by Sam Huntington
The International Organization for Migration tells us there is no universally accepted definition for migrant, but they debate ad nauseam whether the term identifies those who freely decide to move or whether it also applies to those forcibly removed from their homeland. This is why we question the wisdom of supporting global socialist organizations. One would think there are more important issues.
Migration is a problem because according to the IOM, 214 million people migrated from one place to another in the year 2010. If this number continues to grow at the same rate, then just fewer than half a billion people will become migrants by the year 2050. The causes of migration should concerns us, but so too should the effects. A brain drain has culled out the best and brightest from Italy and Portugal, individuals who now make substantial contributions to other western societies. We might wonder if the economic problems now facing Greece and Spain are in some way related to the fact that all the smart people moved away to other countries, leaving dummies behind to run things.
We cannot begin to address serious issues until we first acknowledge that they exist, and then we must dedicate ourselves to resolving sobering problems —especially when problem resolution demands tough decision making. There are hundreds of reasons for human migration. In some cases, heart-wrenching circumstances push people away from their homeland, in other cases, opportunities available in a new land act as a magnet. I like to think of these as push-pull factors.
Who can blame people for trying to remove themselves from areas of conflict, or from human cesspools? Who in their right mind would want to live in Mexico as part of the peon class? Who can blame anyone for trying to find a better place to work and raise their family?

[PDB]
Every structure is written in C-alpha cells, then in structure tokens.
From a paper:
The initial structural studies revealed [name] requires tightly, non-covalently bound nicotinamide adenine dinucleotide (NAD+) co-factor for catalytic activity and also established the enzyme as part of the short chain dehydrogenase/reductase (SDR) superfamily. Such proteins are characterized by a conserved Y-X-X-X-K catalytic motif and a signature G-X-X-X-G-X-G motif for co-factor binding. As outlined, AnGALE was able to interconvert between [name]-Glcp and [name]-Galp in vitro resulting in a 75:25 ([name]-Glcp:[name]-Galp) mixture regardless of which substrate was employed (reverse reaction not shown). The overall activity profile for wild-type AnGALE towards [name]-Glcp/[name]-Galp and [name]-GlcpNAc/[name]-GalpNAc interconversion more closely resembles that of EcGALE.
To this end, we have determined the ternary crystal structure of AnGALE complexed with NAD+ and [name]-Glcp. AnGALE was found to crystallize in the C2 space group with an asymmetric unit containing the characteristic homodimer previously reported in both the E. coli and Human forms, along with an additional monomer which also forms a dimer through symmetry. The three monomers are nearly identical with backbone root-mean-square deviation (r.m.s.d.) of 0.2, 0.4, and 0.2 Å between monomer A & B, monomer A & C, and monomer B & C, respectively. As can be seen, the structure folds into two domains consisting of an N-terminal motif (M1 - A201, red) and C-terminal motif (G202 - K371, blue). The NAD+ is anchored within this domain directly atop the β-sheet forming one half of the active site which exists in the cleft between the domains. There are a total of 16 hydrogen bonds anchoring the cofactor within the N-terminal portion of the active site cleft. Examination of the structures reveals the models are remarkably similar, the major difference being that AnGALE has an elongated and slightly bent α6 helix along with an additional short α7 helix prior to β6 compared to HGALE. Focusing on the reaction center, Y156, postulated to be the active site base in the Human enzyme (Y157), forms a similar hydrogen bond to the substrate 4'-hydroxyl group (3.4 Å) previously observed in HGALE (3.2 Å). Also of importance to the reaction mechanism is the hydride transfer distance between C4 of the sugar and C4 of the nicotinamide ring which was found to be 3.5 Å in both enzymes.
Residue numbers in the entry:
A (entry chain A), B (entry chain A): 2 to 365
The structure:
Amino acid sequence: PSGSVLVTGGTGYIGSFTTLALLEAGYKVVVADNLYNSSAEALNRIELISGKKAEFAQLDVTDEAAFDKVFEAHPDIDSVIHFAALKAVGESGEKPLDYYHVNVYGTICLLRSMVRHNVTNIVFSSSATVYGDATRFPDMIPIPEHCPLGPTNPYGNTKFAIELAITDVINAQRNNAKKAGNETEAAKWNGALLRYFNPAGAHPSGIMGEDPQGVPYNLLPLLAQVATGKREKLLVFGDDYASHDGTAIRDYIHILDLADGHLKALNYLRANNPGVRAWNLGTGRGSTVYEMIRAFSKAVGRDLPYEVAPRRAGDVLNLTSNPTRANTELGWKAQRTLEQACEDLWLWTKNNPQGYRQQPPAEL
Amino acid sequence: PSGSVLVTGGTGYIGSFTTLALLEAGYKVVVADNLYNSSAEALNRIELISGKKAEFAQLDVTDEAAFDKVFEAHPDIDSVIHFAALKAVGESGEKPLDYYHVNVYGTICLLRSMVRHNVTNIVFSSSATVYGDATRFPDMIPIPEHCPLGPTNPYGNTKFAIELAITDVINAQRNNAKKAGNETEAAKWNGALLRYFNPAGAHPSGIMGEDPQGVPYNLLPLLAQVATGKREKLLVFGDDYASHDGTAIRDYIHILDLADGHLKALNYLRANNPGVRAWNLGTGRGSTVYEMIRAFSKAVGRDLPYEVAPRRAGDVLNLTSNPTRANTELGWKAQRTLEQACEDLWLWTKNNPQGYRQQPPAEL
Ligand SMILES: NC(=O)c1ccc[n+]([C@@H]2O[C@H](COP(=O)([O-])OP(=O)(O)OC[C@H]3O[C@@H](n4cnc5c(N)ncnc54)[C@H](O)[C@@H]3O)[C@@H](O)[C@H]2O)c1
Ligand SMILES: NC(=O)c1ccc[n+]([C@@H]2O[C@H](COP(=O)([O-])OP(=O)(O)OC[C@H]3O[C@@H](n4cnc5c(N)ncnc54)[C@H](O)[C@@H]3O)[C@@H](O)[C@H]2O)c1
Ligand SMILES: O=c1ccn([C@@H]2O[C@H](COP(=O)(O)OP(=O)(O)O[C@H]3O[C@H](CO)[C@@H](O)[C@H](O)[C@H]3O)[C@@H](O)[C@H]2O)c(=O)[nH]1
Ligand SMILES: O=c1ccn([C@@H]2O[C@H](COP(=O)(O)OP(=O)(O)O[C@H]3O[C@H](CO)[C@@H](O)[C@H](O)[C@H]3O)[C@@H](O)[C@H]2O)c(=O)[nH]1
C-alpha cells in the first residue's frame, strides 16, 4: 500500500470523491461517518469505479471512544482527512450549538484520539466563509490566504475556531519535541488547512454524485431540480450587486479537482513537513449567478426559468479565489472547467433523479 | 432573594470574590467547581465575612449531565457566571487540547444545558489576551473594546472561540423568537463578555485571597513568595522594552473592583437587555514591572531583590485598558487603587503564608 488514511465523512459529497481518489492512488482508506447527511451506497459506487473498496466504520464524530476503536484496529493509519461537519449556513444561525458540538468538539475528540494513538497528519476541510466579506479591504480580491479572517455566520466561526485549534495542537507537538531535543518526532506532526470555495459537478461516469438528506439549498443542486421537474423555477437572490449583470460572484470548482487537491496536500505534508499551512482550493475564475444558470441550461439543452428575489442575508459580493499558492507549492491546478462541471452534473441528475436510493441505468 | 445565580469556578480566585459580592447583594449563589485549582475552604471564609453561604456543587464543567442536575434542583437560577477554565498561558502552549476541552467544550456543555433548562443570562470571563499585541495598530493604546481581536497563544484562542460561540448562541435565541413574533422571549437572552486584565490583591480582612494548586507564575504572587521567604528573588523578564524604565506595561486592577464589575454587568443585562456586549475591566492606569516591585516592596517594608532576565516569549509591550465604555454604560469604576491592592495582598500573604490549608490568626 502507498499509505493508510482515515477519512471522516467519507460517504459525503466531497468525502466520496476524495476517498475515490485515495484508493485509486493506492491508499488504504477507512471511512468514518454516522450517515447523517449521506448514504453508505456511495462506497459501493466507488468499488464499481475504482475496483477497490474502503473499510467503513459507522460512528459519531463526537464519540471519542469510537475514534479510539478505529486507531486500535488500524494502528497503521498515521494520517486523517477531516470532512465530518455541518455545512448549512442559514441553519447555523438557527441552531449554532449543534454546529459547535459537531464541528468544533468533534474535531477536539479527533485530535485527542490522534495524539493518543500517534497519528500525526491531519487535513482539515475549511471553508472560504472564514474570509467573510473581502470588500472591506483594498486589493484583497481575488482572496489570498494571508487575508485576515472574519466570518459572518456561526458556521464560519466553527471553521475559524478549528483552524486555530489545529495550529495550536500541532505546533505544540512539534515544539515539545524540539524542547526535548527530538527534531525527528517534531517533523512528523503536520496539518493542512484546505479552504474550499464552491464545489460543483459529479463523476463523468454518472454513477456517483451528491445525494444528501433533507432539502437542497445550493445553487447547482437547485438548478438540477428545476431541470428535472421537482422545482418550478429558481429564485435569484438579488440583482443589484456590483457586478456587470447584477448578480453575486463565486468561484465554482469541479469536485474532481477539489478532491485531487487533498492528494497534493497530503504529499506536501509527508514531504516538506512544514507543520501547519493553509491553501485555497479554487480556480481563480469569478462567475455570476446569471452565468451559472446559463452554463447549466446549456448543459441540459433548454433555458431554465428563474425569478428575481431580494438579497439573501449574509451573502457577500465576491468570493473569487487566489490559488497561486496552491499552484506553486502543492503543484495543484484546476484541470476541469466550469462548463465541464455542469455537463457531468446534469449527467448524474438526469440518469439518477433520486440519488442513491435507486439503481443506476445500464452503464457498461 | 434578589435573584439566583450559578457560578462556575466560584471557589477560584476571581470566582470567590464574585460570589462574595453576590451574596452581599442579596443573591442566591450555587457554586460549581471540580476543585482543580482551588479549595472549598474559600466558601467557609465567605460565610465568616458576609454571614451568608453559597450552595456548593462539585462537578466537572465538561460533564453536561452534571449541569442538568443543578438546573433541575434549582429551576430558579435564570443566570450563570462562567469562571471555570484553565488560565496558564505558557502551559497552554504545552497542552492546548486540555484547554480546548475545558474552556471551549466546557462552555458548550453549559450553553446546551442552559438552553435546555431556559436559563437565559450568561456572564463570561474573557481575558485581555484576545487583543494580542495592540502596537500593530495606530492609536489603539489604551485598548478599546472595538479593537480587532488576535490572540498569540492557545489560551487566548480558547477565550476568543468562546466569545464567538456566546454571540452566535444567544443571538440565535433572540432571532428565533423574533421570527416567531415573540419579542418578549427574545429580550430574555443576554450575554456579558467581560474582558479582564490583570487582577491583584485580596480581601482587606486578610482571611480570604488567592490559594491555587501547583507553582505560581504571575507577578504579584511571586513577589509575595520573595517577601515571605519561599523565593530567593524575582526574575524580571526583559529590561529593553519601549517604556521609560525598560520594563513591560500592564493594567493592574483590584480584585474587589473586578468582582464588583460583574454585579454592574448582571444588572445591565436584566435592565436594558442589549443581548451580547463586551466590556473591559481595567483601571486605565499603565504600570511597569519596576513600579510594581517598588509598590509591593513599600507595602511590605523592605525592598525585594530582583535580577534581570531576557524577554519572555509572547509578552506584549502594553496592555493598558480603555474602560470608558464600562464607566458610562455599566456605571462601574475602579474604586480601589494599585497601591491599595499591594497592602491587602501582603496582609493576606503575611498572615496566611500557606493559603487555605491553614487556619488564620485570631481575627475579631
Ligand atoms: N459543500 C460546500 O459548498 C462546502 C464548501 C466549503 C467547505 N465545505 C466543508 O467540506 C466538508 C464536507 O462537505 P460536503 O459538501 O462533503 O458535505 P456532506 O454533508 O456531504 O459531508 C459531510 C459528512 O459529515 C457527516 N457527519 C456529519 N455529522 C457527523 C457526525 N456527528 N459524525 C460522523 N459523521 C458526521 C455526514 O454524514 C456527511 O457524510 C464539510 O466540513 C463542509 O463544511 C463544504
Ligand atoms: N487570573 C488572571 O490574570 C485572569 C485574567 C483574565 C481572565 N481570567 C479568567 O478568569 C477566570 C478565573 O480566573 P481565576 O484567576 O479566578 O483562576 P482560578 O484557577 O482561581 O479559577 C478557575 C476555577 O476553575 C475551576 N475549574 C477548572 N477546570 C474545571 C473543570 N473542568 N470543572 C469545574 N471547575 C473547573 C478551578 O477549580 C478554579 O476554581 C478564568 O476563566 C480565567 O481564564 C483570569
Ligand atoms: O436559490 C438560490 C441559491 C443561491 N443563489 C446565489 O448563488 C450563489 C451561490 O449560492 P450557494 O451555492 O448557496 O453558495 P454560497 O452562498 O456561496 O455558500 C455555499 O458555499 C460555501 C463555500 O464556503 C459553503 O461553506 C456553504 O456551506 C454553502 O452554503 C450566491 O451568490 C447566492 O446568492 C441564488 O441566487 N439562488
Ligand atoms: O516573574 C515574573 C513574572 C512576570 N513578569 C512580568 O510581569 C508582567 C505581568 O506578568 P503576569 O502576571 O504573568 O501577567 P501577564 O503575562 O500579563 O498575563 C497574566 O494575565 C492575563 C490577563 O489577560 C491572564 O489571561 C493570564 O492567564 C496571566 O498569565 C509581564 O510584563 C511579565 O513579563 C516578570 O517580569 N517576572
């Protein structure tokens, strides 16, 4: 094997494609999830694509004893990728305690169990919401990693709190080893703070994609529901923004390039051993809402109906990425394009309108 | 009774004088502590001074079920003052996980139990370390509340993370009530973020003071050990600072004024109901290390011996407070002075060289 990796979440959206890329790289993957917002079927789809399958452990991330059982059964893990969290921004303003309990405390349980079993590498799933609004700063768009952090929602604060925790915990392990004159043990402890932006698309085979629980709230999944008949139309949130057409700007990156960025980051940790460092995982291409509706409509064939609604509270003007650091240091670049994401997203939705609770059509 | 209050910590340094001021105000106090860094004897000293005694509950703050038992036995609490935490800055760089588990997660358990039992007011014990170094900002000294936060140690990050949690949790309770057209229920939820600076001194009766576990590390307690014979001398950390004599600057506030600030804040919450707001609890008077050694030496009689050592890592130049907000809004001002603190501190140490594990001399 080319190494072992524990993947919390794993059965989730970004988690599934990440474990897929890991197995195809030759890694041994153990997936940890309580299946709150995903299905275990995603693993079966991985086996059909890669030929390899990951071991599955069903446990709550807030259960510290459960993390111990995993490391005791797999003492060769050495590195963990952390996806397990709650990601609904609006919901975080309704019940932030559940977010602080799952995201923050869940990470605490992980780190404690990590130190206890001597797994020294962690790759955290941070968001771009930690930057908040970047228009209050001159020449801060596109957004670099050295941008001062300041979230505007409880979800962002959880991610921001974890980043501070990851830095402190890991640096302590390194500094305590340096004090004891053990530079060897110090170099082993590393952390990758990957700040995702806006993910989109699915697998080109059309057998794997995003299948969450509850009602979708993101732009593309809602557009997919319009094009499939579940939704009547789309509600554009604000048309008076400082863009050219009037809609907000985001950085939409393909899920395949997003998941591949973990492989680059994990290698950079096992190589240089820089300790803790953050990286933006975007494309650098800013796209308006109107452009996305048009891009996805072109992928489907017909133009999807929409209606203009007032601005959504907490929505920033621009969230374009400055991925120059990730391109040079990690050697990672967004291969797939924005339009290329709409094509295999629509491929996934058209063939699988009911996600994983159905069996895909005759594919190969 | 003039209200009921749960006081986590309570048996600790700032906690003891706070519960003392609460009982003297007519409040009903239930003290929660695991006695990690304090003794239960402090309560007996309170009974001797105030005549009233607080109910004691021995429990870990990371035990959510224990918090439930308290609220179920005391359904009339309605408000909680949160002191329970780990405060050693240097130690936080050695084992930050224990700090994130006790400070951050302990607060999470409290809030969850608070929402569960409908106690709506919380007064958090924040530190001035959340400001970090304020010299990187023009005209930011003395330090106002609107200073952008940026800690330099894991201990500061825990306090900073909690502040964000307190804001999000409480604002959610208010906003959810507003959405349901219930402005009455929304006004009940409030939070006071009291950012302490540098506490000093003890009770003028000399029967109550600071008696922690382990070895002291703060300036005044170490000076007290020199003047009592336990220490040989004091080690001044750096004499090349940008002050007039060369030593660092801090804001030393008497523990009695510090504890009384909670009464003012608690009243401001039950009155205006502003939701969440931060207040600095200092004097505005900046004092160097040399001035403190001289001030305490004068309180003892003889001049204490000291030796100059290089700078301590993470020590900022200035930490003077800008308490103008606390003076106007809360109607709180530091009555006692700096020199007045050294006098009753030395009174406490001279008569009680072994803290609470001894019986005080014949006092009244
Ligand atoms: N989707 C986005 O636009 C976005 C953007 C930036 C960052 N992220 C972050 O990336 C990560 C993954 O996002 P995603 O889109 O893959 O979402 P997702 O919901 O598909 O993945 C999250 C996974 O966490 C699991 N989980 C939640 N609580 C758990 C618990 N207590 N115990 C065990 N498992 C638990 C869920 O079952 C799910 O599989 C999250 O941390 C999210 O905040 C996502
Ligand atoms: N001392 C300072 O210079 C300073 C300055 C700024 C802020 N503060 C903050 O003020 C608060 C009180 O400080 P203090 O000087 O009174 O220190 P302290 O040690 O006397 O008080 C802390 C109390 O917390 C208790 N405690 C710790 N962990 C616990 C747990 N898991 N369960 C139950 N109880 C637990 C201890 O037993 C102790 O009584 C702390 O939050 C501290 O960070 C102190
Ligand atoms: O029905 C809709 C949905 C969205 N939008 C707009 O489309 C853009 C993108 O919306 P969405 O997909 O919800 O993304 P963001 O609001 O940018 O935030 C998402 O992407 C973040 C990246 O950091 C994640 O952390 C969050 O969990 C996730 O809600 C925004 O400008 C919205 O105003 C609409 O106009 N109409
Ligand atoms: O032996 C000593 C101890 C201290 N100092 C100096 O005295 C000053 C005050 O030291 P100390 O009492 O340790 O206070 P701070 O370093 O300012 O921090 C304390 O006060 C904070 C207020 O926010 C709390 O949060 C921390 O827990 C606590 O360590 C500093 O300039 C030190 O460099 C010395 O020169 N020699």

I once heard a story about an elderly couple that decided to erect a bird feeder in their back yard. It wasn’t long before freeloading birds overwhelmed the property. Squabbling birds disturbed the harmony of the back yard; they deposited their filth on patio furniture and freshly washed clothing; and, on one occasion, aggressive grackles attacked the old woman as she hung up her laundry.
From the bird’s perspective, who wouldn’t want a free lunch? We have to acknowledge the do-gooder old couple started this problem, not the birds. We should wonder how the prospect of a free lunch worsens the issue of human migration. If the United States is struggling with twenty million illegal aliens, must we blame the immigrants, or should we look to government bureaucrats and politicians responsible for creating the magnet effect?
This is not an anti-immigrant rant. America is a land of immigrants. I daresay the best and brightest of the entire world came here to participate in the grand experiment. We can point to America’s greatest successes and offer unabashed credit to immigrants who made success possible in government, national security, law, science, mathematics, engineering, and technology. I believe America’s immigration story helps explain our exceptionalism. But there is a point of diminishing returns. When migrants are not able to contribute to the larger society, lacking either education or skills, then those people become a drain on national productivity. A second issue involves those who migrate with no intention of assimilating the new culture. These problems should concern us, and move us to address them.
Many argue that a review of US immigration policy is long overdue, but should we be prepared to discriminate against others because they lack education, skills, or harbor allegiances to ideologies harmful to the interests of the United States? Should we scrutinize visa applicants long known to lie and give false oaths?
Yes, we should.
People do not have a right migrate to America, or for that matter, any other western society. Political correctness has no bearing on who we allow to live among us. Nor should government allow people to circumvent our laws, such as in the case of so-called anchor babies. Part of our responsibility as citizens is to demand our elected representatives address these issues. Hopefully, they will do this before we hear the loud knocking of a half-billion people demanding their fair share of our milk and honey.
That’s my point of view; what’s yours?